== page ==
Microadventures encourage vacationing close to home

Most Americans have a clichéd notion of what the typical travel destination should be like: exotic beaches, historical cities, famous landmarks and so on. Yet British novelist, National Geographic Adventurer of the Year and former world traveler Alastair Humphreys is moving toward a different type of vacation – one that can be found right in your back yard.

Humphreys preaches the idea of the “microadventure,” or an adventure that an everyday individual can experience without the cost and time required for a larger vacation. These microadventures are not only a good way to get out of the house and discover new locations close to home, but are also a great way to relieve stress and spend more time with family and friends.

In a recent interview with the New York Times, Humphreys emphasizes the amount of work that many Americans put themselves through and the belief that Americans need to get away far away in order to cure the woes of the nine-to-five life.

“But Americans, perhaps even more than Brits, need to get out of the office because they work so many hours. Plus, America has so much empty space and beauty,” he said. Humphreys definitely has a point: we Americans tend to devalue the land and nature that we have. One only has to look at Carleton College to see an outstanding example of what the state of Minnesota has to offer, considering that it boasts an 880-acre arboretum. This may sound crazy, but St. Olaf also has natural lands and students can even walk there by foot.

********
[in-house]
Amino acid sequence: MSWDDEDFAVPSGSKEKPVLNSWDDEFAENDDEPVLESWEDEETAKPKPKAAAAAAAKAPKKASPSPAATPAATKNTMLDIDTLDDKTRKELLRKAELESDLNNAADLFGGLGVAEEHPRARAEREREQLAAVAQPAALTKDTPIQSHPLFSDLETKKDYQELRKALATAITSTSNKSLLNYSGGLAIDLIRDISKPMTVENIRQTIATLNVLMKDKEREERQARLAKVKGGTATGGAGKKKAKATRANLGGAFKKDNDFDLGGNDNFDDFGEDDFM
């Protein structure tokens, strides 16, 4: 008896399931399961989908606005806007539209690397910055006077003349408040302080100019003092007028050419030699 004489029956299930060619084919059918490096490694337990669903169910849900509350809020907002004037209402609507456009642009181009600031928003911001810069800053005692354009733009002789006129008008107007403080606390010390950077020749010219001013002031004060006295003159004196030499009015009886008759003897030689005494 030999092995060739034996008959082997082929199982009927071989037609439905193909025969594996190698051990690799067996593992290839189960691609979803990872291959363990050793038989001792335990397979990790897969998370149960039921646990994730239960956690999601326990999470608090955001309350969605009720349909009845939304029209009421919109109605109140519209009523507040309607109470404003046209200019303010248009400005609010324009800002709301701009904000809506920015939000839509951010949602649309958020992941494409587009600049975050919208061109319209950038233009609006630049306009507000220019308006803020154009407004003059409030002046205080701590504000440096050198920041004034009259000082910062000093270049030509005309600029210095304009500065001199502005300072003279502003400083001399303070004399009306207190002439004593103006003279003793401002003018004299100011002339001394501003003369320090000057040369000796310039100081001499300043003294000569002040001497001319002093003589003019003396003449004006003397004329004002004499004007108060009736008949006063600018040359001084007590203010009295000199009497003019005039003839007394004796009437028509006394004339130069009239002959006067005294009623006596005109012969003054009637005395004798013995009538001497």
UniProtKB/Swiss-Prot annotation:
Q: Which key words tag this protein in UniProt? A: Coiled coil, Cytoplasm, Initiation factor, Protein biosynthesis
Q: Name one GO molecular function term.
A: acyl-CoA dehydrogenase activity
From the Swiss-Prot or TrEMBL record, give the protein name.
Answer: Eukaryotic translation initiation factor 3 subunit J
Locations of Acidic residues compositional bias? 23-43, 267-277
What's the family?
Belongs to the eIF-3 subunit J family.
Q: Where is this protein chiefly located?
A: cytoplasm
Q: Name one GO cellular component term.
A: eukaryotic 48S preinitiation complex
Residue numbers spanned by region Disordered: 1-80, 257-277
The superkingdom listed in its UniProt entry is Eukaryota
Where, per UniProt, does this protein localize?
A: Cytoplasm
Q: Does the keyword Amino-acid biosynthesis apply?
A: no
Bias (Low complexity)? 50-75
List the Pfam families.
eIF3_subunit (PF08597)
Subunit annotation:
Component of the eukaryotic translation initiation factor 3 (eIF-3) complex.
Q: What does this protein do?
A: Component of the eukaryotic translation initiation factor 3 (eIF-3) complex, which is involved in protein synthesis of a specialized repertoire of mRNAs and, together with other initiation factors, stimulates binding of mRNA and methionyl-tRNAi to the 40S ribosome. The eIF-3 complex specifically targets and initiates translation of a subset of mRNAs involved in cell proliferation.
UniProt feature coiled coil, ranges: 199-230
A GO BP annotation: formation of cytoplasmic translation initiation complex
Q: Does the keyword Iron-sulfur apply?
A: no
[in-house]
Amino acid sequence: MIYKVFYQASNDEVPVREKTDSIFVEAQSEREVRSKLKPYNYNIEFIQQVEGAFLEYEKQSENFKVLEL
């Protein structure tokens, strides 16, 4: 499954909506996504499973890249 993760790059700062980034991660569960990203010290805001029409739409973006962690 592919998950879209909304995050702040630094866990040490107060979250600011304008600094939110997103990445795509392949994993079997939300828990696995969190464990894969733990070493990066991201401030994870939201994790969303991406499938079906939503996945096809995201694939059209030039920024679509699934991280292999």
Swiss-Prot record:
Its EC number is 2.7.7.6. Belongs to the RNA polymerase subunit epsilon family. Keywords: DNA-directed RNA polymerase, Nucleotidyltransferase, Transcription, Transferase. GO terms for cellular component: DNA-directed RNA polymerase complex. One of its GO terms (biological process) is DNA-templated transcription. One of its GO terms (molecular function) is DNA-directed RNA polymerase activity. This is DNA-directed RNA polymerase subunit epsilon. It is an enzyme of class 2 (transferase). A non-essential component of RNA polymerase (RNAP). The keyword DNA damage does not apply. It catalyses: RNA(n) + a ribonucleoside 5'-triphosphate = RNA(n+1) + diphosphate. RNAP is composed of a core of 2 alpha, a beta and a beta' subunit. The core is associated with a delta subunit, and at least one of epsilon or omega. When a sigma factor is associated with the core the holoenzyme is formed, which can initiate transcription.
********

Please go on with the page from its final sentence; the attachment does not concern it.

I believe that this new concept of the microadventure is important for us living in a culture that values the extravagant and exotic. Downsizing is the new fad, and America needs to hop on the bandwagon if it wants to keep up with the rest of the world. The grass may not be any greener on the other side, and it is important to recognize the vast beauty that we have access to in the Midwest.

Small adventures such as hiking, camping in the back yard or biking to a town you have never visited are the small steps needed to live a better life. Not only do these microadventures shine a new light on the idea of travel and vacation, but they also allow individuals to see their own cultures and experiences here in the Midwest in a much different perspective.

“I didn’t invent bike rides or sleeping out, but I think the hashtag #microadventure makes it look a little cooler, and seeing what other people are doing becomes inspiring,” Humphreys said.

Humphreys hits the nail on the head here: these adventures are not only accessible, but are also spreading around the country. They are a great way to spend time with family, friends and maybe even yourself along the way. So give up trying to book that dream vacation in Spain and head on out to your back yard. You may never know what you’ll find.

Cole Hatzky ’18 hatzky1@stolaf.edu is from Iowa City, Iowa. He majors in English.

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